Rock Paper Shotgun has an intriguiging pair of articles out this week on video game reviews. The first covered what game developers think about reviews on places like Steam; while some devs dismiss reviews as unrepresentative, many actually treat reviews quite seriously, as the most “raw unfiltered feedback” available.
The second, and even more interesting to me, is the one on why reviewers bother, specifically the ones who are offering detailed reviews for free on Steam. Why would you spend two hours typing your soul to total strangers, when you could be making money or playing the game? Those interviewed said they do it for their friends, to practice their own critical thinking, to entertain with jokes, to encourage other people to leave reviews, to “inform consumers about predatory tactics,” and to track their impressions “in the most extremely nerdy, excel-table kind of way.”
Do you write Steam reviews or reviews elsewhere? Why or why not?
Months following the release of Lord of the Rings Online’s
climactic expansion comes the soundtrack to Mordor
. Composed by Chance Thomas
, this 16-track score is published by Thomas’ HUGEsound Records and contains an end credits-like song called “Ever On.”
Massively OP recently reviewed the soundtrack, finding it to be a much darker and more dour score with the occasional bright spot. “Mordor’s OST is very competent and does a great job helping to sell the corrupted, death-strewn nation,” we wrote, “but it’s not anywhere near as fun to listen to as, say, Thomas’ adventurous Riders of Rohan or his classic Shadows of Angmar work.”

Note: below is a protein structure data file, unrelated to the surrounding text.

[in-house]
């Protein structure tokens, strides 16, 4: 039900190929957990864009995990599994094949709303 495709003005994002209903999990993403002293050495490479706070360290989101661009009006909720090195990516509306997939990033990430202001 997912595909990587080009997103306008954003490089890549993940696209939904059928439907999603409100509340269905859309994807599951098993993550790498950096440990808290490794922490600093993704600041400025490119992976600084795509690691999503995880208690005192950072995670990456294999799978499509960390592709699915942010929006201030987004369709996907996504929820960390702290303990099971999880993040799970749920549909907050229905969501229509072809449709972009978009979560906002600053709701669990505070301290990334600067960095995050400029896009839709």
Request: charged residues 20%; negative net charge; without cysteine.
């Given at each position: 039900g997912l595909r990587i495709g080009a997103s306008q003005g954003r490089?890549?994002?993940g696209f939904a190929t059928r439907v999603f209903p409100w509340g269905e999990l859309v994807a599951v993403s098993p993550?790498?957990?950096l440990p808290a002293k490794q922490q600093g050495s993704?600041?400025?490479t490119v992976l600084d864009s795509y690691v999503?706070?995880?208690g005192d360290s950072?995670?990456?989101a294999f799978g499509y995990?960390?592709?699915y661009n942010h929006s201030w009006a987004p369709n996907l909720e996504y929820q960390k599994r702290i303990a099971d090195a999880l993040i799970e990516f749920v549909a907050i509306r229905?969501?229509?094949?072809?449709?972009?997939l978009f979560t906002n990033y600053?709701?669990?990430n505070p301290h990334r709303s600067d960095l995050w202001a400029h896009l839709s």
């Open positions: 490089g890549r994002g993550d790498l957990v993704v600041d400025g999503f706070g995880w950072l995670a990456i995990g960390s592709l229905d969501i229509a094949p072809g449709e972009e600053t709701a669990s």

The Mordor soundtrack can be purchased digitally through HUGEsound Records, Amazon MP3, or iTunes.
If you’ve never heard of “review bombing” on Steam, we envy you. The process goes something like this: Something causes a certain group of users to get very angry about something related to game, which could be the actual content of the game, the content that’s not in the game, or something entirely outside of the game like takedown orders being filed against a streamer who won’t stop spewing racist hate speech. The users then flood the game’s Steam reviews with negative feedback, downvote all positive reviews, and upvote all negative reviews in an effort to reduce the game’s overall positive rating.
This is, needless to say, a bad thing. A new post from Valve explains the tools the team used to look at this trend and how to possibly solve the issues.
In short, Valve doesn’t necessarily want to lock people out from reviewing for a period of time, especially since there’s no hard-and-fast rule to follow and pretty much any review-bombed game reverts back to its original rating over time. However, the developers do want to make it clear when this is happening, and thus they’re changing how reviews are shown into a histogram displaying the trend over time. So if a game is receiving a usual stream of positive reviews and then a sudden negative spike, you can hopefully tell what’s going on, at least.
After my hands-on at E3 and experience with the first Splatfest demo, I was a little concerned about Splatoon 2. I loved Splatoon 1, but something about the E3 Salmon Run fell flat, and after having experienced the full version of Splat 1, I thought that the demo of Splat 2 without customization felt too shallow.